Each aisle she turned down, he seemed to be there. By the shelves of Cap’n Crunch and Cocoa Puffs. By the cans of chicken noodle soup and pinto beans and pasta sauce. By the rows of fresh lettuce.
And when Jacee Cole went to check out, he was there by the cash registers, too.
She didn’t know who he was or what he wanted or why he was watching her. “I think I’m being followed,” she whispered to her mom on her phone.
“I don’t know what to do.”
As Cole pulled out of the grocery store parking lot, the man appeared again in her rearview mirror and tailed her into her Magna neighborhood. She called police, but he drove off before officers arrived. She worried he would come back.
If he did, Cole wanted to be able to defend herself.
So last year, shortly after the state green-lighted Utahns as young as 18 to get concealed carry permits, she completed the training and bought a 9mm handgun. She was 19. “A lot of people told me I was too young for it,” said Cole, now 20. “But I feel safer.”
She’s not the only one. Since the reduced age limit took effect on May 9, the state has issued more than 1,400 permits for 18- to 20-year-olds to carry concealed firearms. That includes 107 in January alone. And in the wake of the deadly school shooting in Florida last month, gun-rights advocates anticipate the numbers will go up even more as young adults search for a sense of security in a handgun.
State Rep. Karianne Lisonbee, R-Clearfield, sponsored the proposal to allow adults under age 21 to obtain concealed carry permits as a freshman legislator last year. She wanted to equip young women who might have to defend themselves against potential rapists or attackers, particularly on college campuses.
“I just wanted to empower those who felt they would be more secure and be able to protect themselves by carrying a gun,” she said.
It’s unclear how many of the permit holders are women (the state’s Department of Public Safety doesn’t break down the numbers by gender in its quarterly reports). But even if just one woman had signed up, Lisonbee said, it would have been worth it to her.
Opponents, though, suggest the lawmaker’s argument doesn’t pan out in Utah, where there is a high rate of sexual assault and gun ownership is prolific.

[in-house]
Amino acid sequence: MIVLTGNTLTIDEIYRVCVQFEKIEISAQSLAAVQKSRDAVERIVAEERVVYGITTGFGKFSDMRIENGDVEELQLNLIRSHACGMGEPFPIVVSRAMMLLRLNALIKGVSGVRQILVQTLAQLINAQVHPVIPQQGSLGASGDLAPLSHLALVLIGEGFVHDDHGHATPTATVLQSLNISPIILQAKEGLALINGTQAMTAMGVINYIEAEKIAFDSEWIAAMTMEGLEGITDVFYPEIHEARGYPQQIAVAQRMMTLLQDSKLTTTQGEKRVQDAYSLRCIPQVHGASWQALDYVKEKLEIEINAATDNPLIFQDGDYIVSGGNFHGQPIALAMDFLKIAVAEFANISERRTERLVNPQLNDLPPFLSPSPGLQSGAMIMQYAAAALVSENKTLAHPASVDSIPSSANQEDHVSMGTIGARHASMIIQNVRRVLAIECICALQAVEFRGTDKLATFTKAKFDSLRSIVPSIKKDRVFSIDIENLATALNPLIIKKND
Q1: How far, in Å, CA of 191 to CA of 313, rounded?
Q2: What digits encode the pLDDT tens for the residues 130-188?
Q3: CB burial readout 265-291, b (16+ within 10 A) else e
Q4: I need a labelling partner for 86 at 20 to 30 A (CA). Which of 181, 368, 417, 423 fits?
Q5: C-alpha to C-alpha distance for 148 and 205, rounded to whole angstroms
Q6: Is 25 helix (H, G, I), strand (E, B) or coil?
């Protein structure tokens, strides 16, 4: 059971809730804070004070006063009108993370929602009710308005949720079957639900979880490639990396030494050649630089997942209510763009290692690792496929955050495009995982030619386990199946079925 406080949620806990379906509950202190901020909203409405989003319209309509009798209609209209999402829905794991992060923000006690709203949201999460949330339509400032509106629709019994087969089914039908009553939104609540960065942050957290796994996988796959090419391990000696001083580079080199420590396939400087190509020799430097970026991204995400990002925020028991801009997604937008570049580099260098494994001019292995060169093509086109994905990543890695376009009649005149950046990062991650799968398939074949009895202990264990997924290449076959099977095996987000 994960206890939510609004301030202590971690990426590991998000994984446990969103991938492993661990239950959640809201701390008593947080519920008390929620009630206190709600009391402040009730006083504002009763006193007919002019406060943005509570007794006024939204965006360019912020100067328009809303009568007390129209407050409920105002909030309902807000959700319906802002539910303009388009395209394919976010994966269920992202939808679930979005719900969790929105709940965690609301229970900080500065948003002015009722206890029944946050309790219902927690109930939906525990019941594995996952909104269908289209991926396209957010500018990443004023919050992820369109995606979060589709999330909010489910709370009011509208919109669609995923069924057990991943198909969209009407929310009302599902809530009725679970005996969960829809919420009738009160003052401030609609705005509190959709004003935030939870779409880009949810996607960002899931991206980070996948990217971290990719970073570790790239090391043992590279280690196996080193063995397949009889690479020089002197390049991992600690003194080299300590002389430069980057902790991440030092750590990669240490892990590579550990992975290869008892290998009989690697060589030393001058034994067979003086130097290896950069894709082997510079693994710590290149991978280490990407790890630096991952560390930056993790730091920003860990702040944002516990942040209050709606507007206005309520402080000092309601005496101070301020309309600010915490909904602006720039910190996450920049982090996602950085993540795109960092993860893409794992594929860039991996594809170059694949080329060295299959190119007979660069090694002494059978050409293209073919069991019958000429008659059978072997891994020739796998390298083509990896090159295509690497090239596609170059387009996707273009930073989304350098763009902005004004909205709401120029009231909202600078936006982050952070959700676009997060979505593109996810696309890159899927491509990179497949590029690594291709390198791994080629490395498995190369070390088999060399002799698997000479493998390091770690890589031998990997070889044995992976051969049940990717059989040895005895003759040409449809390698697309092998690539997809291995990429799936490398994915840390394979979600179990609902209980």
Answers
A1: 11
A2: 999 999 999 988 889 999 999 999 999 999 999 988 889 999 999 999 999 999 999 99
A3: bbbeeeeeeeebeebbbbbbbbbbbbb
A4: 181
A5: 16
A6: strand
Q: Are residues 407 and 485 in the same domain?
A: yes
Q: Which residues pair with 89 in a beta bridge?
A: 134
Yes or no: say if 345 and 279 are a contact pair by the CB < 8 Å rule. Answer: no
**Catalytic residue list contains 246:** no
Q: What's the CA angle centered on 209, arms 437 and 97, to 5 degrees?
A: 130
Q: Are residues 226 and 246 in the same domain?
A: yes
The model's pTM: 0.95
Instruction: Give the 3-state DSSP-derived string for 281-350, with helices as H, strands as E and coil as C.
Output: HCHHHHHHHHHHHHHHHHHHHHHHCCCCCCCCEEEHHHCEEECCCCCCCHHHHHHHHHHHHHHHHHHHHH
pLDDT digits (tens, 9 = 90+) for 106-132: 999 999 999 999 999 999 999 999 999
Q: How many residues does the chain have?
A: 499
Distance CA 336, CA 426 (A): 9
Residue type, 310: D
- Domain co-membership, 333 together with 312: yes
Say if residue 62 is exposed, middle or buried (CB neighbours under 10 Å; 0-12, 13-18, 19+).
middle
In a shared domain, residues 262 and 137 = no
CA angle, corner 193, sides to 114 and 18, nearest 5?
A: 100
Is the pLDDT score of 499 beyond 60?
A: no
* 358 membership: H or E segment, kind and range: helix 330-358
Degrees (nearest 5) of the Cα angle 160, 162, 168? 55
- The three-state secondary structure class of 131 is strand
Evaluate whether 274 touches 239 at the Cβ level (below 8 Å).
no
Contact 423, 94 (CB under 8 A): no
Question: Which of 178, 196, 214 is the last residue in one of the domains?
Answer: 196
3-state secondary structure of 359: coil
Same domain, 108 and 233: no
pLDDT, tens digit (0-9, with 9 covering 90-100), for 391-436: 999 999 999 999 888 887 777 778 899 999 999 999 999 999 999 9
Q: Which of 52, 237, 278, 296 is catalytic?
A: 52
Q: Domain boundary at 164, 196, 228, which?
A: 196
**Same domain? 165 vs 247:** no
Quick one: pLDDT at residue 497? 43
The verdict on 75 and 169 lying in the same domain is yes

“I’m not sure why we continue to think that we’re going to solve issues of crime or violence in the state by encouraging more violence,” said Jean Hill, government liaison for the Catholic Diocese of Salt Lake City.
Most in the state didn’t support the measure when Gov. Gary Herbert signed it into law a year ago. Some 60 percent of residents were opposed, according to a Salt Lake Tribune-Hinckley Institute of Politics poll conducted in March 2017. Women disliked the measure by an even larger margin, at 69 percent opposed, compared to 52 percent of men.
“It will not prevent every rape of a woman who is armed,” Lisonbee acknowledged at the time. “But it clearly results in a dramatic reduction of her risk and is therefore an option that all Utah women should have.”
And its most loyal defenders are, of course, the ones who want to carry.
‘Good guys with guns’
Jared Larson slipped his right hand under his jacket and pulled out a small pistol. There wasn’t bullet in the chamber but, to be safe, he aimed it at a watercolor of pink flowers hanging in his parents’ living room.
“I pray to God I will never have to point this at a single human being,” he said. “I want it in case, heaven forbid, I have to.”
Larson, 20, got the gun last month from a private seller. After a student was shot and killed at the University of Utah in October, he felt afraid each time he left his Centerville home. His mind frantically ran through scenarios of an active shooter appearing in a pew at his church or pulling up to the drive-thru window at the fast-food chain where he works.